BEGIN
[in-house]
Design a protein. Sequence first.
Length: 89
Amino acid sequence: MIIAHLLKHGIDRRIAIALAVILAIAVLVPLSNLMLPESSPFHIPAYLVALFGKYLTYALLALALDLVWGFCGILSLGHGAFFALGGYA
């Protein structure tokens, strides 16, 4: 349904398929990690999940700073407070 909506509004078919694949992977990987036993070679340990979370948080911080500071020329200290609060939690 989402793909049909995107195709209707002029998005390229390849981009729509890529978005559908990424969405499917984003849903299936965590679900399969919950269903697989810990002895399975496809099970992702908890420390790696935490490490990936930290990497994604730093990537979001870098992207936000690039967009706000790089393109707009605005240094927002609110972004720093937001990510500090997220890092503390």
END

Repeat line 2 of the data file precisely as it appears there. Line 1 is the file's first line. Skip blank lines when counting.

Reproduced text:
Design a protein. Sequence first.